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Such an unappealing title - this is the 'Special Omnibus Edition' of Mary Hooper's At the Sign of the Sugared Plum and Petals in the Ashes, set in London in 1665 (Great Plague) and 1666 (Great Fire) respectively.

I did a very short review of At the Sign of the Sugared Plum back in August, but didn't say much about it, other than thinking that the fluffy chick-lit-esque girls => fashion+boys element in the beginning was fun enough, but didn't go well with the horrific times portrayed. I did more note-making on my copy of Petals in the Ashes, and wanted to toss around a few thoughts about it here, in hope of interesting input from my flist. This isn't a rant, btw - a few things annoyed me, some seemed silly, but it's not -- well, I've read much worse historical fiction and bits and pieces were good.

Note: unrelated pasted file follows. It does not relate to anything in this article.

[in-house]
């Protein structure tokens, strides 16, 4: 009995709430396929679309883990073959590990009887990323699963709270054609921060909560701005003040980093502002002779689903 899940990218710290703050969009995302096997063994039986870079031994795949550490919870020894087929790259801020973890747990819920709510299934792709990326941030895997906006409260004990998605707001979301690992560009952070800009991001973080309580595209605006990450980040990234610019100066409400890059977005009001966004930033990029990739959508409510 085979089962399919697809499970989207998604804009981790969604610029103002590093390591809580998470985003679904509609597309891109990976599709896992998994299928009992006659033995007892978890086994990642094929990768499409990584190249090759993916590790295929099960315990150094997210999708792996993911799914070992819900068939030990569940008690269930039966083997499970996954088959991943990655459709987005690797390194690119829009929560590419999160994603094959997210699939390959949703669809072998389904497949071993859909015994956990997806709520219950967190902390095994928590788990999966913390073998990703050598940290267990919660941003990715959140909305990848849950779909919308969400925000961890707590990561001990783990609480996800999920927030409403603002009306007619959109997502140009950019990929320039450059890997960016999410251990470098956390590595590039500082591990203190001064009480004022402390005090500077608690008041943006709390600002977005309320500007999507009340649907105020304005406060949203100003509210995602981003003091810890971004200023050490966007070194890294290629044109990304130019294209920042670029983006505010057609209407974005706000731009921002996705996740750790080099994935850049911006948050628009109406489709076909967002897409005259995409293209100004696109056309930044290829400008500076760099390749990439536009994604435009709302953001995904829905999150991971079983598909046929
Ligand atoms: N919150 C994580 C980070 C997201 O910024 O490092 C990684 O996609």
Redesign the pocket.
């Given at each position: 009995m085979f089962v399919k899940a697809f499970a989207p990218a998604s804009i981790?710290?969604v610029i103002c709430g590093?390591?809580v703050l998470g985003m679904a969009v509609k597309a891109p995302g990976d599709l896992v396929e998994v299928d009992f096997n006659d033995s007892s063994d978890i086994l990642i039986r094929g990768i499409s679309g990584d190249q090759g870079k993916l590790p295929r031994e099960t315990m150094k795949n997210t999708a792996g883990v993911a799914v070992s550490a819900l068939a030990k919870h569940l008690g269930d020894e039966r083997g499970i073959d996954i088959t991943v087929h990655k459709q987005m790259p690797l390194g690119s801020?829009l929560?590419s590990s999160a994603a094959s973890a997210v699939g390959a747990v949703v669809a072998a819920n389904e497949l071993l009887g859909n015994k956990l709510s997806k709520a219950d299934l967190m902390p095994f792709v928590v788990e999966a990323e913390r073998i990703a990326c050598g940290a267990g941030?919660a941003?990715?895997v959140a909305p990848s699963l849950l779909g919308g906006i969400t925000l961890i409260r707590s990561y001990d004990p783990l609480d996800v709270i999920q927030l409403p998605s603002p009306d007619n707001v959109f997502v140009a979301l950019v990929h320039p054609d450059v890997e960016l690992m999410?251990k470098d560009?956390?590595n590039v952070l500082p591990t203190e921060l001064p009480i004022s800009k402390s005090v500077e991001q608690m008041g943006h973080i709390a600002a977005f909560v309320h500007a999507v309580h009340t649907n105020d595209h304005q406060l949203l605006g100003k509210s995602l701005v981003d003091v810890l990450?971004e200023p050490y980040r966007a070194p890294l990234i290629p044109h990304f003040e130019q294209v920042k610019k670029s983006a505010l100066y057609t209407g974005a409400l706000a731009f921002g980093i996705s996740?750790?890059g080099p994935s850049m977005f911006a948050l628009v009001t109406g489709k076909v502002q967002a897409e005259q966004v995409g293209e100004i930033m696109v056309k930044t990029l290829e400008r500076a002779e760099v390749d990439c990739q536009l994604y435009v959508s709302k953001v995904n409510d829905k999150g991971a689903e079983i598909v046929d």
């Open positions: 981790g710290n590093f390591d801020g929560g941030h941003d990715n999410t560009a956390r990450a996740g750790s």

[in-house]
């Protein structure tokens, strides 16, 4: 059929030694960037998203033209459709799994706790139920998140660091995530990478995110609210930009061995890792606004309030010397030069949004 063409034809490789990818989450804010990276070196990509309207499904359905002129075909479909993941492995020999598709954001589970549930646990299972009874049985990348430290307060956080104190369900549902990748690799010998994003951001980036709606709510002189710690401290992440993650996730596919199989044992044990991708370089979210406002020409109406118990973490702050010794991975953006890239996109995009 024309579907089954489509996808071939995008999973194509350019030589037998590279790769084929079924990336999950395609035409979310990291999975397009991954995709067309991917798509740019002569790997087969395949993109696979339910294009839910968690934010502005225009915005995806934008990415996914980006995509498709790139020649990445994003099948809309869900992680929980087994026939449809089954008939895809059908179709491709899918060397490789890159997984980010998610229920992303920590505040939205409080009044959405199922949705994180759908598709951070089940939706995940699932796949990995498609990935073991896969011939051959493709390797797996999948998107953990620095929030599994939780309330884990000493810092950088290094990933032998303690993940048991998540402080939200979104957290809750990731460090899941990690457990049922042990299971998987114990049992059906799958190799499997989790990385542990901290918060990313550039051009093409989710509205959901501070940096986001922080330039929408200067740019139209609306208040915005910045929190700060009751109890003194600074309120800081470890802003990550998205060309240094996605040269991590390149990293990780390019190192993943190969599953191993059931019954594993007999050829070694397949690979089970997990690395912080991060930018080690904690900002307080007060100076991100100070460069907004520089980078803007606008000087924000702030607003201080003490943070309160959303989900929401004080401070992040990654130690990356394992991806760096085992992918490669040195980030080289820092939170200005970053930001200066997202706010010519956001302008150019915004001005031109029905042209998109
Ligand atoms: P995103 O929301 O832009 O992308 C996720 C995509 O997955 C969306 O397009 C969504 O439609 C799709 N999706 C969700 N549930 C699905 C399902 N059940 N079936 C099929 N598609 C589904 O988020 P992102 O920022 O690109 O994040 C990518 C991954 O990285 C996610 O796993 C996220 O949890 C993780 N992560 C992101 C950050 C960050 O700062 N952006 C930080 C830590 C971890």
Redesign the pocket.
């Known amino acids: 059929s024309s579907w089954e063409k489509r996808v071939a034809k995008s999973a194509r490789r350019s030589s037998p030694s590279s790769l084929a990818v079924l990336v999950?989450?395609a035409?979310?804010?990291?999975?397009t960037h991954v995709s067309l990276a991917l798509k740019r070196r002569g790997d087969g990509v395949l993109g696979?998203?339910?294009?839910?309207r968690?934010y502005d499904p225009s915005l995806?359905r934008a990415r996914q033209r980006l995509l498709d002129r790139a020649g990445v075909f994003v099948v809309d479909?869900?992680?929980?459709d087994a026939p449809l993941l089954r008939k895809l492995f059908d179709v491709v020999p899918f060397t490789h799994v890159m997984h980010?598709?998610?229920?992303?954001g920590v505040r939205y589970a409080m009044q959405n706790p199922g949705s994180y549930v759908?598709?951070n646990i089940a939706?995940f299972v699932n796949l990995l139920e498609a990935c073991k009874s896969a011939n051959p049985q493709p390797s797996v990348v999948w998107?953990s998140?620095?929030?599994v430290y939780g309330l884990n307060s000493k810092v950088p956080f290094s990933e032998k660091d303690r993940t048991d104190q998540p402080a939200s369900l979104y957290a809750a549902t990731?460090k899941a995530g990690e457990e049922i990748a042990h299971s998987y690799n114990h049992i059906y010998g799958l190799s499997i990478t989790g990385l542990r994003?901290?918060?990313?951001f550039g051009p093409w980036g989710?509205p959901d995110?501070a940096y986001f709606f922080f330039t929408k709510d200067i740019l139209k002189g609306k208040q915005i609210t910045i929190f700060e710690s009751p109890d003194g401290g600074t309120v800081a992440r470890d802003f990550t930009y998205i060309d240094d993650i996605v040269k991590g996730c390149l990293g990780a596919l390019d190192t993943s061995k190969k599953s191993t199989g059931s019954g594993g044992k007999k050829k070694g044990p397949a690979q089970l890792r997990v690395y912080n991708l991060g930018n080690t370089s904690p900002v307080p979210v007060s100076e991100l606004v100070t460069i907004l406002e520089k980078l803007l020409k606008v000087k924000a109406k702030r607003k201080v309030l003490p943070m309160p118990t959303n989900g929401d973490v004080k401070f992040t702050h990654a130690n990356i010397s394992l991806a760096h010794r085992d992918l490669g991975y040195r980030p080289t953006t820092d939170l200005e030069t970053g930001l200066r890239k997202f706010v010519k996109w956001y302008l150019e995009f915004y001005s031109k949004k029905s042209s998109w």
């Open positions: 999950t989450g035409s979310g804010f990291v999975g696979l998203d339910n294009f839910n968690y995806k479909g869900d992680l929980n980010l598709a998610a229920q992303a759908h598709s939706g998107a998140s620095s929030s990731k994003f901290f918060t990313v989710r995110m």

As I said about The Sugared Plum, there are a few inaccuracies, of what appear to me to be several different sorts. In many ways, the straight incorrect details are the least interesting, but one of them (linguistic) coincides with what seems to me to be an error of mindset (or two or three), so I'll consider it first. Behind a cut so as not to mess up my flist's friends' pages, but please read if you have any interest in historical fiction. It's long, but you can skim the sections about the book and just give your denomination-of-choice's worth at the end. (I'll even throw in a virtual cup of tea to anyone who reads behind the cut!)

* [personal profile] fjm - I couldn't find your entry about I, Coriander, and would like to give a link to it if you don't mind.


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